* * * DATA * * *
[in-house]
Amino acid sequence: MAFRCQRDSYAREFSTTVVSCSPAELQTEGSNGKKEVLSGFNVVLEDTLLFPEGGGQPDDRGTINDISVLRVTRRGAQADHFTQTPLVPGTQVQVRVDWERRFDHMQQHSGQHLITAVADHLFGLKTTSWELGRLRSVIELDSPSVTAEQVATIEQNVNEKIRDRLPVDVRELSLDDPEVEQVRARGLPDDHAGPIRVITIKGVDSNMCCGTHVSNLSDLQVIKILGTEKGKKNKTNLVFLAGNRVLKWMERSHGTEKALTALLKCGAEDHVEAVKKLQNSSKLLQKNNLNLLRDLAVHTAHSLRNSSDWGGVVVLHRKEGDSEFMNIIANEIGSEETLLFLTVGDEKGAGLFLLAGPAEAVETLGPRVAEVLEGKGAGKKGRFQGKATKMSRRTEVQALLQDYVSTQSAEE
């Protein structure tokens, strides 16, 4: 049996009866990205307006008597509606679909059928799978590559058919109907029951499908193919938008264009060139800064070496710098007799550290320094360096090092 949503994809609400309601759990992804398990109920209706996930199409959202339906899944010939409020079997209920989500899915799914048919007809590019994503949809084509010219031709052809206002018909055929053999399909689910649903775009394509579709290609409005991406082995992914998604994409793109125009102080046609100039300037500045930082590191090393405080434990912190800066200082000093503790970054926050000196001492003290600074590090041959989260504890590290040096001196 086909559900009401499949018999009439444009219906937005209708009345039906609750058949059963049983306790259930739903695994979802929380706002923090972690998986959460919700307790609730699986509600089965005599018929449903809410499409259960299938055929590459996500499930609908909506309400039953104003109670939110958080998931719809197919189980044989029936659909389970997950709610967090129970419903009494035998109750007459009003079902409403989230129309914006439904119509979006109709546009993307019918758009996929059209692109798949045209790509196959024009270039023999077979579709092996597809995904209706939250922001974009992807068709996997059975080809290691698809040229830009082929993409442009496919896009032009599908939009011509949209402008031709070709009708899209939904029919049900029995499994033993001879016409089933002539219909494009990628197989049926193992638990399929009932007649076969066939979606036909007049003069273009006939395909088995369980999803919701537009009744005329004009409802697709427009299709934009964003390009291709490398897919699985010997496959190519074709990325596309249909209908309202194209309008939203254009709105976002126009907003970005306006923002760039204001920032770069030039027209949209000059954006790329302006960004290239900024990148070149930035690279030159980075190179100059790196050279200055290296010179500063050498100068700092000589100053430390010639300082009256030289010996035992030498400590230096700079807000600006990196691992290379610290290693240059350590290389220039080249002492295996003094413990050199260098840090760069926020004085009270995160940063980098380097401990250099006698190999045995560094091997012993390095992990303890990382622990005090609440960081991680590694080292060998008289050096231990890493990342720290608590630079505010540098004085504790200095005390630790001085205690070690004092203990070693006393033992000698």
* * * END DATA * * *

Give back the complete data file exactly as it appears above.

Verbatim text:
[in-house]
Amino acid sequence: MAFRCQRDSYAREFSTTVVSCSPAELQTEGSNGKKEVLSGFNVVLEDTLLFPEGGGQPDDRGTINDISVLRVTRRGAQADHFTQTPLVPGTQVQVRVDWERRFDHMQQHSGQHLITAVADHLFGLKTTSWELGRLRSVIELDSPSVTAEQVATIEQNVNEKIRDRLPVDVRELSLDDPEVEQVRARGLPDDHAGPIRVITIKGVDSNMCCGTHVSNLSDLQVIKILGTEKGKKNKTNLVFLAGNRVLKWMERSHGTEKALTALLKCGAEDHVEAVKKLQNSSKLLQKNNLNLLRDLAVHTAHSLRNSSDWGGVVVLHRKEGDSEFMNIIANEIGSEETLLFLTVGDEKGAGLFLLAGPAEAVETLGPRVAEVLEGKGAGKKGRFQGKATKMSRRTEVQALLQDYVSTQSAEE
């Protein structure tokens, strides 16, 4: 049996009866990205307006008597509606679909059928799978590559058919109907029951499908193919938008264009060139800064070496710098007799550290320094360096090092 949503994809609400309601759990992804398990109920209706996930199409959202339906899944010939409020079997209920989500899915799914048919007809590019994503949809084509010219031709052809206002018909055929053999399909689910649903775009394509579709290609409005991406082995992914998604994409793109125009102080046609100039300037500045930082590191090393405080434990912190800066200082000093503790970054926050000196001492003290600074590090041959989260504890590290040096001196 086909559900009401499949018999009439444009219906937005209708009345039906609750058949059963049983306790259930739903695994979802929380706002923090972690998986959460919700307790609730699986509600089965005599018929449903809410499409259960299938055929590459996500499930609908909506309400039953104003109670939110958080998931719809197919189980044989029936659909389970997950709610967090129970419903009494035998109750007459009003079902409403989230129309914006439904119509979006109709546009993307019918758009996929059209692109798949045209790509196959024009270039023999077979579709092996597809995904209706939250922001974009992807068709996997059975080809290691698809040229830009082929993409442009496919896009032009599908939009011509949209402008031709070709009708899209939904029919049900029995499994033993001879016409089933002539219909494009990628197989049926193992638990399929009932007649076969066939979606036909007049003069273009006939395909088995369980999803919701537009009744005329004009409802697709427009299709934009964003390009291709490398897919699985010997496959190519074709990325596309249909209908309202194209309008939203254009709105976002126009907003970005306006923002760039204001920032770069030039027209949209000059954006790329302006960004290239900024990148070149930035690279030159980075190179100059790196050279200055290296010179500063050498100068700092000589100053430390010639300082009256030289010996035992030498400590230096700079807000600006990196691992290379610290290693240059350590290389220039080249002492295996003094413990050199260098840090760069926020004085009270995160940063980098380097401990250099006698190999045995560094091997012993390095992990303890990382622990005090609440960081991680590694080292060998008289050096231990890493990342720290608590630079505010540098004085504790200095005390630790001085205690070690004092203990070693006393033992000698």